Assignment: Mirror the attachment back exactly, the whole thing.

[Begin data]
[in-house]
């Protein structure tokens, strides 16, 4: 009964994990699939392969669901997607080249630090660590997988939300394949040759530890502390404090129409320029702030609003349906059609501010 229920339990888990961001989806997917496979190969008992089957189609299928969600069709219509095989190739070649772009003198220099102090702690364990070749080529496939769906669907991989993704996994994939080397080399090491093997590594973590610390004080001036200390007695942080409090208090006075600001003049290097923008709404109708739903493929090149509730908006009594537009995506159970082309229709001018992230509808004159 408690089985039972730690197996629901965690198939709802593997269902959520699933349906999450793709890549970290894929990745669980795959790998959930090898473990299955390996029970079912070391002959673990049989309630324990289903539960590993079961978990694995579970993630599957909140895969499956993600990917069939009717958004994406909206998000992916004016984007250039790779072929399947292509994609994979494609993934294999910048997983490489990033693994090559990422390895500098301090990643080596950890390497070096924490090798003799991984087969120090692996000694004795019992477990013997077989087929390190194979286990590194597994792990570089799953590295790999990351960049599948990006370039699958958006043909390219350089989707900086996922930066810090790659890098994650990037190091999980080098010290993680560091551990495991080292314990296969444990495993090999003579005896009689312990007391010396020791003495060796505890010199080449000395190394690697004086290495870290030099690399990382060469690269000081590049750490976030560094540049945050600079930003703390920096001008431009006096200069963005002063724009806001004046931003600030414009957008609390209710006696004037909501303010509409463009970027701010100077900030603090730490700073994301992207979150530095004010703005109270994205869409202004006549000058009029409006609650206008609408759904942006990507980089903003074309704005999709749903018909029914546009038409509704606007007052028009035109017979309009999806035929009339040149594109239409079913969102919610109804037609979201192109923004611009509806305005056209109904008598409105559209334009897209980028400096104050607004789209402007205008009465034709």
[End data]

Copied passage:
[in-house]
């Protein structure tokens, strides 16, 4: 009964994990699939392969669901997607080249630090660590997988939300394949040759530890502390404090129409320029702030609003349906059609501010 229920339990888990961001989806997917496979190969008992089957189609299928969600069709219509095989190739070649772009003198220099102090702690364990070749080529496939769906669907991989993704996994994939080397080399090491093997590594973590610390004080001036200390007695942080409090208090006075600001003049290097923008709404109708739903493929090149509730908006009594537009995506159970082309229709001018992230509808004159 408690089985039972730690197996629901965690198939709802593997269902959520699933349906999450793709890549970290894929990745669980795959790998959930090898473990299955390996029970079912070391002959673990049989309630324990289903539960590993079961978990694995579970993630599957909140895969499956993600990917069939009717958004994406909206998000992916004016984007250039790779072929399947292509994609994979494609993934294999910048997983490489990033693994090559990422390895500098301090990643080596950890390497070096924490090798003799991984087969120090692996000694004795019992477990013997077989087929390190194979286990590194597994792990570089799953590295790999990351960049599948990006370039699958958006043909390219350089989707900086996922930066810090790659890098994650990037190091999980080098010290993680560091551990495991080292314990296969444990495993090999003579005896009689312990007391010396020791003495060796505890010199080449000395190394690697004086290495870290030099690399990382060469690269000081590049750490976030560094540049945050600079930003703390920096001008431009006096200069963005002063724009806001004046931003600030414009957008609390209710006696004037909501303010509409463009970027701010100077900030603090730490700073994301992207979150530095004010703005109270994205869409202004006549000058009029409006609650206008609408759904942006990507980089903003074309704005999709749903018909029914546009038409509704606007007052028009035109017979309009999806035929009339040149594109239409079913969102919610109804037609979201192109923004611009509806305005056209109904008598409105559209334009897209980028400096104050607004789209402007205008009465034709």